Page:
I recently wrote about a certain type of cancer associated with breast implants, known as Breast Implant Associated Anaplastic Large Cell Lymphoma (BIA-ALCL)
As medicine is always changing, it is important to stay up to date on new developments.
This past week one of the major manufacturers of textured breast implants (Allergan) has decided to suspend production of its BioCell textured tissue expanders and implants.
This morning, Allergan agreed to provide assistance for patients who would like to prophylactically remove textured implants and switch to smooth implants. Allergan will provide the smooth implants for FREE, but will not cover the surgical, anesthesia, or facility fees.
If you have had a tissue expander or implant placed, it is important to reach out to your plastic surgeon to determine the type of device you have and to be examined if you have any concerns. Here are some fast facts to keep in mind:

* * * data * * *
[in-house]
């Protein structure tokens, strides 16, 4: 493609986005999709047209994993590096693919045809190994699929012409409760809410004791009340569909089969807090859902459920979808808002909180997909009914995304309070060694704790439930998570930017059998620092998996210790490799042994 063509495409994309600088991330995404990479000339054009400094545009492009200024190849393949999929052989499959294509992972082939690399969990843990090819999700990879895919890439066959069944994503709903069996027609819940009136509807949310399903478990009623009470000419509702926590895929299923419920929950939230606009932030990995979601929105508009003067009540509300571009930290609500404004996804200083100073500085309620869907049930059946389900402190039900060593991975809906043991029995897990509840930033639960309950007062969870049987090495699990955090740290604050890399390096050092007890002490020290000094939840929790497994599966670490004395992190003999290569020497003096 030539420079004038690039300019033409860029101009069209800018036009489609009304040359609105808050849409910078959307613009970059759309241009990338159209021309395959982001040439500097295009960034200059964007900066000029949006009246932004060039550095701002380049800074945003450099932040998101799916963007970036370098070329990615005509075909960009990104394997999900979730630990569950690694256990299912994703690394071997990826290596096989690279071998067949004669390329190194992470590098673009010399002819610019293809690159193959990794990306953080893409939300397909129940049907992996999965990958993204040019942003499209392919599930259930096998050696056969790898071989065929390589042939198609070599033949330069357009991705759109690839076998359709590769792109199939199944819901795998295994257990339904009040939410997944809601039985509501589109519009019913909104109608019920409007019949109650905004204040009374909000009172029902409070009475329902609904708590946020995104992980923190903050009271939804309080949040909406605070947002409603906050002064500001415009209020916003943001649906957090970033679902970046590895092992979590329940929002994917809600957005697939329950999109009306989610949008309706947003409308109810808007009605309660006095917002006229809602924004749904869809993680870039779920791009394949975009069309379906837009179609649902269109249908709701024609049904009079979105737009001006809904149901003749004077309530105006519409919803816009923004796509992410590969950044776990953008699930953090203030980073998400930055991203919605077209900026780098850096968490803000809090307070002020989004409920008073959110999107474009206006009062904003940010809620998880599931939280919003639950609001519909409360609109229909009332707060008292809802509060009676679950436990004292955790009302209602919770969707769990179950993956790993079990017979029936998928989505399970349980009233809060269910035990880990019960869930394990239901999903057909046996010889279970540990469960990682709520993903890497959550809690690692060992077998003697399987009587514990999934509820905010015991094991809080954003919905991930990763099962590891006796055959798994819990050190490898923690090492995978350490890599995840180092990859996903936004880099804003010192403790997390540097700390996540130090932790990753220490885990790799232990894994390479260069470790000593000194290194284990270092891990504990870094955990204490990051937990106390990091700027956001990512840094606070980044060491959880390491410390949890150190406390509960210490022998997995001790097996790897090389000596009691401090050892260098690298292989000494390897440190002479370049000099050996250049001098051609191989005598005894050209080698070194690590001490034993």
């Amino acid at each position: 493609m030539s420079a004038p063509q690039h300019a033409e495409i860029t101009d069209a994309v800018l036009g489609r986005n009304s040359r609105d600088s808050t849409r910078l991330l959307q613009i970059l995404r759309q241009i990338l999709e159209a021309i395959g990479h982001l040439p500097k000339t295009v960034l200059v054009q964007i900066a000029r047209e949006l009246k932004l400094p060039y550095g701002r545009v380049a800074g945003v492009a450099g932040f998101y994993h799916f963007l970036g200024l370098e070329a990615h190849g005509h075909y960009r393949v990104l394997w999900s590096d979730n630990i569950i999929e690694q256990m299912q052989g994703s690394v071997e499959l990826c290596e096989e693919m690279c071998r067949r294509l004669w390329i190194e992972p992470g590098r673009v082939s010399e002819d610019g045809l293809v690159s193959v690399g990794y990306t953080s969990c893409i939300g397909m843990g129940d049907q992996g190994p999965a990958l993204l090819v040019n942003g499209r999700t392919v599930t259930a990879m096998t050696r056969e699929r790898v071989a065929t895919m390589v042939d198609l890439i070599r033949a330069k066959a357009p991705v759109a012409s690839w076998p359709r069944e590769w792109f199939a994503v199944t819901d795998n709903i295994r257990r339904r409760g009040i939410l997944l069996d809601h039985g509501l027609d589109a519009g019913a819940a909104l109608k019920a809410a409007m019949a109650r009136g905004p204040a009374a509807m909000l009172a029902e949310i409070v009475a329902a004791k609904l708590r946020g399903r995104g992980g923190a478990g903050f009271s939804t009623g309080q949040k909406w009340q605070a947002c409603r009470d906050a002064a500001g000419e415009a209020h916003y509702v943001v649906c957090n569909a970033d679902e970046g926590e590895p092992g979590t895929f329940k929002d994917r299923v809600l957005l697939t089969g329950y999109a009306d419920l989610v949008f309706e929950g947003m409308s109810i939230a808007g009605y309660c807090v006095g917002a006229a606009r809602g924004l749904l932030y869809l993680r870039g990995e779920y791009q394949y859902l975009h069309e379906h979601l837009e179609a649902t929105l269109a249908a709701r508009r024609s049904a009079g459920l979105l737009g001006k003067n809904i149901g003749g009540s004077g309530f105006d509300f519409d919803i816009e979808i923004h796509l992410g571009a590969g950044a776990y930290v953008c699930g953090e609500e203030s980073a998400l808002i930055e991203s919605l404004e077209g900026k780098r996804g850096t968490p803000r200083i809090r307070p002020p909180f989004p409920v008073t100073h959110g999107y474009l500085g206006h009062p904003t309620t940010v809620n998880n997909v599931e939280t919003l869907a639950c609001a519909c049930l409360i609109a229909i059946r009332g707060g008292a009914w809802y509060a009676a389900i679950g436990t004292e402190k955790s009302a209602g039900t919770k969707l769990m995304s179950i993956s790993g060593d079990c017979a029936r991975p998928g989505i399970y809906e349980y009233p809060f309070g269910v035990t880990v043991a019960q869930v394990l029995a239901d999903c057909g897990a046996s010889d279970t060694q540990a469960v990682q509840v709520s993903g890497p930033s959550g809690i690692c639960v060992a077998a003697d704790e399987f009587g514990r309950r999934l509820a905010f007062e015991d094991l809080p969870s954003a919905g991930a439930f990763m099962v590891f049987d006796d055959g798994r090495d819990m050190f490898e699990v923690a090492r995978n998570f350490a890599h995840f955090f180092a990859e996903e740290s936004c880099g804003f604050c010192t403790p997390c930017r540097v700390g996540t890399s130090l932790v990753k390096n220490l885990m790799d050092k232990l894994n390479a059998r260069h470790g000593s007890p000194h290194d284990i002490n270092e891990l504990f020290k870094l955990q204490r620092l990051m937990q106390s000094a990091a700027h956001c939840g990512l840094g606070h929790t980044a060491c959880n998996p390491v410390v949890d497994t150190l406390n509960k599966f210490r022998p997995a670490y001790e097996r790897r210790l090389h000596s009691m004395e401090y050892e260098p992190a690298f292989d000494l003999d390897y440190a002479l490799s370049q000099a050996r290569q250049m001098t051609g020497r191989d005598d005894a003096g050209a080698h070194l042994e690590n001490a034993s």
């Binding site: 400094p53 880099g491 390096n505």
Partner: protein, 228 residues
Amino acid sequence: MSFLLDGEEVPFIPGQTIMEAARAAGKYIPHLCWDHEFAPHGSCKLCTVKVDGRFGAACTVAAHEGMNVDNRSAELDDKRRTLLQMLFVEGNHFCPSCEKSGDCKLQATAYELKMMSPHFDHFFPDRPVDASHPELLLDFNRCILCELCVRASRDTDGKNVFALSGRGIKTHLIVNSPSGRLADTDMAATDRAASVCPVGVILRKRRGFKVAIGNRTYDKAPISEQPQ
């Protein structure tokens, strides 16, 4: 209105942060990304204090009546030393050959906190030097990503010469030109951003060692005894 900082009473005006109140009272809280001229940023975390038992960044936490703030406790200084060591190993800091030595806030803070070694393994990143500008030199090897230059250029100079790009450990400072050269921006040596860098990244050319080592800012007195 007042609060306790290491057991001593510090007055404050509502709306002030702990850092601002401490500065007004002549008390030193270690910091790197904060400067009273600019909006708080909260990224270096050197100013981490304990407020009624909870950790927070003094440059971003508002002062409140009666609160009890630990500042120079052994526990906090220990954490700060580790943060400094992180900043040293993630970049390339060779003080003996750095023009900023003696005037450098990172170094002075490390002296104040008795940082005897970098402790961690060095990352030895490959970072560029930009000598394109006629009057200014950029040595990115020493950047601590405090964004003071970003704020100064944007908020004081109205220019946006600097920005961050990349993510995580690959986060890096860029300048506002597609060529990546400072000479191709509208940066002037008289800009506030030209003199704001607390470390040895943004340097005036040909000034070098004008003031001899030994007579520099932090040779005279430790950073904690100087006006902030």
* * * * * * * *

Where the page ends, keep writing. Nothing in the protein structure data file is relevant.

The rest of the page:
There have been less than 600 cases of BIA-ALCL reported to date. It is estimated that between 5 – 10 million women have breast implants worldwide. Allergan is not the only breast implant manufacturer. There are currently no recalls on Mentor, Sientra, or Ideal implants.
Currently, neither the FDA nor any Plastic Surgery Society recommends that women should preventatively remove textured breast implants to prevent BIA-ALCL. This is not a disease of breast tissue, rather it is related to the texturing of the implant device.
It is important to perform self-breast exams and look for changes in your breasts. Symptoms associated with BIA-ALCL include swelling of the breast, often caused by fluid building around the implant. Other symptoms include pain, lumps, and asymmetry between breasts.
BIA-ALCL is not the same as Breast Implant Illness (BII). BIA-ALCL is (at this time) thought to be specifically related to the texturing of the implant device. Though not a disease, BII has recently gained credibility. So much so that the FDA has incorporated the patient-coined term into its website among cautions about implants, citing "systemic symptoms" as one potential risk, although "what causes them are poorly understood."